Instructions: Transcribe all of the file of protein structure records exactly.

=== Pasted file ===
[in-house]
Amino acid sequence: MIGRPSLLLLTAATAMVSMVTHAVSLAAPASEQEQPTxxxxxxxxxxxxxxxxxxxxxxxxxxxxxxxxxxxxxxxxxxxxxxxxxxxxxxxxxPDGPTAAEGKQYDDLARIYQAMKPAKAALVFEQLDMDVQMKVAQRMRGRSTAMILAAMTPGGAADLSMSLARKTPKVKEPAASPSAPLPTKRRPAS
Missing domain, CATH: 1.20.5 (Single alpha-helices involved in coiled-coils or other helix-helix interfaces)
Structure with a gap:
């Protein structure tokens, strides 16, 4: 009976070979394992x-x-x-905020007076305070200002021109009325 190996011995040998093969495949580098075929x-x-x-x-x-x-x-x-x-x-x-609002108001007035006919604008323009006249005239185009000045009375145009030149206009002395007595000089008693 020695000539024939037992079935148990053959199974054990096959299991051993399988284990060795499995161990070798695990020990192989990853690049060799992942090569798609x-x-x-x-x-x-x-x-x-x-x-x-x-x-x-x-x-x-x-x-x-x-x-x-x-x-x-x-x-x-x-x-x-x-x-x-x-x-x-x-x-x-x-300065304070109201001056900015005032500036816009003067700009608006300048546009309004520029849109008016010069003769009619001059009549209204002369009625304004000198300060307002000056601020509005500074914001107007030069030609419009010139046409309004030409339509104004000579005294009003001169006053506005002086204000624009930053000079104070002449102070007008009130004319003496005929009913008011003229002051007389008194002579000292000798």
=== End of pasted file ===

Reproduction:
[in-house]
Amino acid sequence: MIGRPSLLLLTAATAMVSMVTHAVSLAAPASEQEQPTxxxxxxxxxxxxxxxxxxxxxxxxxxxxxxxxxxxxxxxxxxxxxxxxxxxxxxxxxPDGPTAAEGKQYDDLARIYQAMKPAKAALVFEQLDMDVQMKVAQRMRGRSTAMILAAMTPGGAADLSMSLARKTPKVKEPAASPSAPLPTKRRPAS
Missing domain, CATH: 1.20.5 (Single alpha-helices involved in coiled-coils or other helix-helix interfaces)
Structure with a gap:
């Protein structure tokens, strides 16, 4: 009976070979394992x-x-x-905020007076305070200002021109009325 190996011995040998093969495949580098075929x-x-x-x-x-x-x-x-x-x-x-609002108001007035006919604008323009006249005239185009000045009375145009030149206009002395007595000089008693 020695000539024939037992079935148990053959199974054990096959299991051993399988284990060795499995161990070798695990020990192989990853690049060799992942090569798609x-x-x-x-x-x-x-x-x-x-x-x-x-x-x-x-x-x-x-x-x-x-x-x-x-x-x-x-x-x-x-x-x-x-x-x-x-x-x-x-x-x-x-300065304070109201001056900015005032500036816009003067700009608006300048546009309004520029849109008016010069003769009619001059009549209204002369009625304004000198300060307002000056601020509005500074914001107007030069030609419009010139046409309004030409339509104004000579005294009003001169006053506005002086204000624009930053000079104070002449102070007008009130004319003496005929009913008011003229002051007389008194002579000292000798």